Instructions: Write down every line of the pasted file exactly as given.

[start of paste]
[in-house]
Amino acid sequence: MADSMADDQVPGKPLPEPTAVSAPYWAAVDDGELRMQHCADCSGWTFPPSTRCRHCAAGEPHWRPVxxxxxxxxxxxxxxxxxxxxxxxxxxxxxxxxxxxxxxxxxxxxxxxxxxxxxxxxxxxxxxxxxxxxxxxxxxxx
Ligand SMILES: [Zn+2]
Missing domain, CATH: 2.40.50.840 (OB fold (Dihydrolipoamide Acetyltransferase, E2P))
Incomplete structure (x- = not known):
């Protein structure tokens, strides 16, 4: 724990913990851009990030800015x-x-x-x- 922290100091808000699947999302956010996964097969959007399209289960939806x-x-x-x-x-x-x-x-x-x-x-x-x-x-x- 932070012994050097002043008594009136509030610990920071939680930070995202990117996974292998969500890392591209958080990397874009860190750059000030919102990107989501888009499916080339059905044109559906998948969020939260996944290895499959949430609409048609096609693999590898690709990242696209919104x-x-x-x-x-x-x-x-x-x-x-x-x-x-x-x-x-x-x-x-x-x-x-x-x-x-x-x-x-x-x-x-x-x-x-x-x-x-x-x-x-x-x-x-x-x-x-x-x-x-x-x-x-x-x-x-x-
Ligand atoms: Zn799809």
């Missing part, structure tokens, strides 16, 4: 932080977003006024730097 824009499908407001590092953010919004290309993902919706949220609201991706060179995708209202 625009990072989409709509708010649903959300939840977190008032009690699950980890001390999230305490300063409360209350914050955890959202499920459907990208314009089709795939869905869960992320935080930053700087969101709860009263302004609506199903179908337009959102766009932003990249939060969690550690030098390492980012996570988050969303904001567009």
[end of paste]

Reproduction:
[in-house]
Amino acid sequence: MADSMADDQVPGKPLPEPTAVSAPYWAAVDDGELRMQHCADCSGWTFPPSTRCRHCAAGEPHWRPVxxxxxxxxxxxxxxxxxxxxxxxxxxxxxxxxxxxxxxxxxxxxxxxxxxxxxxxxxxxxxxxxxxxxxxxxxxxx
Ligand SMILES: [Zn+2]
Missing domain, CATH: 2.40.50.840 (OB fold (Dihydrolipoamide Acetyltransferase, E2P))
Incomplete structure (x- = not known):
């Protein structure tokens, strides 16, 4: 724990913990851009990030800015x-x-x-x- 922290100091808000699947999302956010996964097969959007399209289960939806x-x-x-x-x-x-x-x-x-x-x-x-x-x-x- 932070012994050097002043008594009136509030610990920071939680930070995202990117996974292998969500890392591209958080990397874009860190750059000030919102990107989501888009499916080339059905044109559906998948969020939260996944290895499959949430609409048609096609693999590898690709990242696209919104x-x-x-x-x-x-x-x-x-x-x-x-x-x-x-x-x-x-x-x-x-x-x-x-x-x-x-x-x-x-x-x-x-x-x-x-x-x-x-x-x-x-x-x-x-x-x-x-x-x-x-x-x-x-x-x-x-
Ligand atoms: Zn799809």
């Missing part, structure tokens, strides 16, 4: 932080977003006024730097 824009499908407001590092953010919004290309993902919706949220609201991706060179995708209202 625009990072989409709509708010649903959300939840977190008032009690699950980890001390999230305490300063409360209350914050955890959202499920459907990208314009089709795939869905869960992320935080930053700087969101709860009263302004609506199903179908337009959102766009932003990249939060969690550690030098390492980012996570988050969303904001567009």